In his playing career he was a good steady defensive second baseman with speed on the bases. Alomar was a great line drive singles hitter & good sacrifice hitter as well. He batted .292 at AA Austin in 1963 making it to AAA Denver the next year.
In 1964 he got a September call up & in his first MLB at bat he singled off the St. Louis Cardinals (future Met) Ray Sadecki driving in a run. He played briefly as a reserve player with the Braves from 1964-1966. He saw the most action in 1965 playing in 67 games at short behind Woddy Woodward.
In December 1966 he was traded, along with Hall of Famer Eddie Mathews, who was at the end of his playing career to the Houston Astros for Bob Bruce & Dave Nicholson. But at the end of Spring Training, he was traded to the New York Mets for Derrell Griffith.
Alomar made his Mets debut In the second game of the 1967 season getting inserted as a pinch runner in a 3-2 win over the Pirates. Alomar played in just 15 games his Mets playing career, going hitless in 22 at bats, striking out six times.
He scored a run on April 20th, after being inserted as a pinch runner in the second game of a double header against the Chicago Cubs. On August 15th 1967 Alomar was sent to the Chicago White Sox along with veteran Ken Boyer for Billy Southworth & a player to be named later.
In 1968 he became the Sox regular second baseman batting .253 with 21 stolen bases in 133 games played. In May of 1969 he was traded to the California Angels for Bobby Knoop. Alomar was the Angels main second baseman for the next five seasons (1969-1973) becoming a steady reliable player. He played every game of the 1970 & 1971 seasons, leading the league in games played & plate appearances.
In those years he stole over thirty bases both times & was in the A.L.'s top ten in stolen bases six years in a row. In 1970 Alomar made the All Star team, his 35 stolen bases were third most in the AL., as he batted .251 with a .302 on base %. He played 153 games at second base (2nd in the AL) with 40 assists (2nd in the AL) 375 put outs (3rd in the AL) making 18 errors (2nd in the AL).
In 1971 he was second in the AL with 179 hits, although he batted just .260 due to league leading 689 at bats. That year he had career highs in doubles (24) HRs (4) RBIs (42) & stolen bases (39). That year he was third inthe league behind Royals players Amos Otis & Fred Patek in steals.
At second base he was second in the league with a .989 fielding % turning over 100 double plays for the third straight season. He made just nine errors in 791 chances, with 350 put outs. He played two more season with the Angels witnessing Nolan Ryan's first two no hitters in 1973 from the second base position, while helping in the put outs. In 1972 he helped co author the book How To Play Infield.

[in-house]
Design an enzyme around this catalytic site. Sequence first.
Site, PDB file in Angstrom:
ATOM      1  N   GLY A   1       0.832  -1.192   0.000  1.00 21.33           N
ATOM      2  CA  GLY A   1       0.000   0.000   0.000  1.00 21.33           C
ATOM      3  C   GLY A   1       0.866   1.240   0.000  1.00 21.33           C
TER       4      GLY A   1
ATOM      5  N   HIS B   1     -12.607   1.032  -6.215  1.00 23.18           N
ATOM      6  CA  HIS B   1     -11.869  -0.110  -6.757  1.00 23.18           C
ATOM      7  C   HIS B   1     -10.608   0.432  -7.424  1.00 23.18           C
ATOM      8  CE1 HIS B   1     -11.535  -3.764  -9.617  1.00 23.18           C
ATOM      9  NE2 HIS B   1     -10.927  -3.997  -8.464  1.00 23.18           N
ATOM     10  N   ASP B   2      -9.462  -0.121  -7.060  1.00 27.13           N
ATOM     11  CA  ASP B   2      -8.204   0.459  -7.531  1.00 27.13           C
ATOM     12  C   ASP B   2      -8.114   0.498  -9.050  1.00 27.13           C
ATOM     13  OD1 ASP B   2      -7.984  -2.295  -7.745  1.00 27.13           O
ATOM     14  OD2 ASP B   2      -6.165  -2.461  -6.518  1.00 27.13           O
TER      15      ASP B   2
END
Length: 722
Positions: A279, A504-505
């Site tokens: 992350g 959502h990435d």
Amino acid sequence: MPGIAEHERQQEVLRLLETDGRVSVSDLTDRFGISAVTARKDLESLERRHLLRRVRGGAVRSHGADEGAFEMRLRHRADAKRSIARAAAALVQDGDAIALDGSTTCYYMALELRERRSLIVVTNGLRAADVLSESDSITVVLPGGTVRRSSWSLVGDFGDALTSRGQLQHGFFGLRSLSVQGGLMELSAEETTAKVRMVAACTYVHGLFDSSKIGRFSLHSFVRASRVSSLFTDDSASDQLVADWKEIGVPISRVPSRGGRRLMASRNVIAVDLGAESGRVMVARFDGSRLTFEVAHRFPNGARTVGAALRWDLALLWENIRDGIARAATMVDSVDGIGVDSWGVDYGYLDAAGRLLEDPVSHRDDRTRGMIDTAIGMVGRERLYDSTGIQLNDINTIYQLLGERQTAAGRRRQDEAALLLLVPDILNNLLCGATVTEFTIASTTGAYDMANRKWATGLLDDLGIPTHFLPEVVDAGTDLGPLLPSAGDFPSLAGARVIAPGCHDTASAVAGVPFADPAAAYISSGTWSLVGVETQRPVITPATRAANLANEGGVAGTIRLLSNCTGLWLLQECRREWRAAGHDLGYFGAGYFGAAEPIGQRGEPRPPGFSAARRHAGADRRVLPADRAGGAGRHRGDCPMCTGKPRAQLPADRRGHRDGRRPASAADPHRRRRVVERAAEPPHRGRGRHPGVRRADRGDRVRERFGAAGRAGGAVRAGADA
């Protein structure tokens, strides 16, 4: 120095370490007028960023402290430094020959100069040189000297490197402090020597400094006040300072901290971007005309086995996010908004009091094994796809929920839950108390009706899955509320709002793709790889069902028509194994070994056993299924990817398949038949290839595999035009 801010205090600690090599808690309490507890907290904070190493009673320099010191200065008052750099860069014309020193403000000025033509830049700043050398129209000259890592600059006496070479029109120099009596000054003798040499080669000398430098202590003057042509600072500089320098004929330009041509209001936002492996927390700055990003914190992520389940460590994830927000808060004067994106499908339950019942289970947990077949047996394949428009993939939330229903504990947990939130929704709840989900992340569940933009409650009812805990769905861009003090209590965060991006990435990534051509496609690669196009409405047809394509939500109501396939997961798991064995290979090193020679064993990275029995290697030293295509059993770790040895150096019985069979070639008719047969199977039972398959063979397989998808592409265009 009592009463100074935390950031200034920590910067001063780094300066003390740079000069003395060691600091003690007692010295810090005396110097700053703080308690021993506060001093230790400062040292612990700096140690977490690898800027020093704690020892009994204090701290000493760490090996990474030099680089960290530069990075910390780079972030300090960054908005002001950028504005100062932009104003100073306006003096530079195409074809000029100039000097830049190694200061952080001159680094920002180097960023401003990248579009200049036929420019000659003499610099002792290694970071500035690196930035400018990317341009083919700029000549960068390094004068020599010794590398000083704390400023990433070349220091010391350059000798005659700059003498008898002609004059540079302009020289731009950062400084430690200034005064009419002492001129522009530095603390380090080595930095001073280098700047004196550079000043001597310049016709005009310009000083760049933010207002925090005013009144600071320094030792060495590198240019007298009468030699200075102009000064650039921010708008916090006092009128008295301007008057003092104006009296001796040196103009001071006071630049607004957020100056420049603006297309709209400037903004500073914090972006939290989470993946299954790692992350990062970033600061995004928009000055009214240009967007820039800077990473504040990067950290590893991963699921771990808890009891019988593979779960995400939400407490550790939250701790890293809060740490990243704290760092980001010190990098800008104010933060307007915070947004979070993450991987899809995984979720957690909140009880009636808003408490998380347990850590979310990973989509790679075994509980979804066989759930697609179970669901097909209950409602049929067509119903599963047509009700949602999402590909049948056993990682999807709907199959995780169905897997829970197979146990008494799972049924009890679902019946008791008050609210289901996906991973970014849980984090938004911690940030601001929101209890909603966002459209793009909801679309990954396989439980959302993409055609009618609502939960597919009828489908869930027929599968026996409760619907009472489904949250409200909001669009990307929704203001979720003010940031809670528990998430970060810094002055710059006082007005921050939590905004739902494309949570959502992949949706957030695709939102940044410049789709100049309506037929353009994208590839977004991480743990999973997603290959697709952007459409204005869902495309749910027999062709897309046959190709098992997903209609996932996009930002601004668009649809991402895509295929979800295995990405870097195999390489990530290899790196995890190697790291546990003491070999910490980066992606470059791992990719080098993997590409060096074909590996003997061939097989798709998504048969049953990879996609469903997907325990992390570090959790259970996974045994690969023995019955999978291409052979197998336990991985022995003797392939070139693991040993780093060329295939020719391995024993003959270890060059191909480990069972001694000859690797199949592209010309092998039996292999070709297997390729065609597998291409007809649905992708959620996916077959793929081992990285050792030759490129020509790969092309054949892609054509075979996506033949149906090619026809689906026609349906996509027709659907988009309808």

In May of 1974 the AL New York team purchased his contact & he became their regular second baseman in 1975. He succeeded Horace Clarke & took over the position from Fernando Gonzalez.
Alomar played in 151 games hitting .239 with 2 HRs 13 doubles & 39 RBIs. He was pretty much expendable when Willie Randolph came on the scene, playing in just 67 games in 1976. He appeared as a pinch runner & pinch hitter (0-1) in the 1976 ALCS against the Kansas City Royals.
He finished his playing career in Texas with the Rangers in 1978. In a 15 year playing career he was a lifetime .245 hitter with 1168 hits 126 doubles 19 triples 13 HRs 282 RBIs & a .290 on base %. On the field he posted a .977 fielding % making just 128 errors in 5688 chances at second base, playing 1156 games. He also played at short, third, first & some outfield.
Coaching: After playing baseball Sandy became a successful coach, first with San Diego Padres from 1986-1990 where he got to coach his two sons, Sandy Jr. & Roberto Alomar.
Both of them had successful baseball careers as well, with Roberto making the Hall of Fame in 2011. From 2000-2004 Sandy Sr. was with the Chicago Cubs & Colorado Rockies coaching staff's.
In 2005 he was bench coach under Willie Randolph with the New York Mets. In 2006 he moved to the first base coaching box for the Mets NL Eastern Division winning season. He then became the Mets third base coach in 2007.
In a famous incident on the next to last day of the 2007 season; Alomar jumped into a brawl that was staring up with the Mets Jose Reyes & Florida Marlins; Miguel Olivio. The Mets were in jeopardy of missing a chance at the playoffs, after a huge collapse in the NL East.
On this day John Maine flirted with a near no hitter as the Mets romped the Marlins. Reyes & Olivo exchanged words as Reyes was on third & Olivo was in conference on the mound.
Alomar held off the catcher jumping in front of him. The Mets won that day but lost the next day & were eliminated.
In 2008 he went back to the dugout as bench coach, this time under new manager Jerry Manuel.
|photo by centerfieldmaz|
In 2010 he celebrated his 50th season in major league baseball still working within the Mets organization.
I got to meet him at Spring Training 2007 while sitting in the first row at Dodger Town. Of all the players & coaches Alomar was the most accessible and a true gentleman.
Sandy & his wife Maria have three children & six grand children. The Alomar's are devout Catholic's.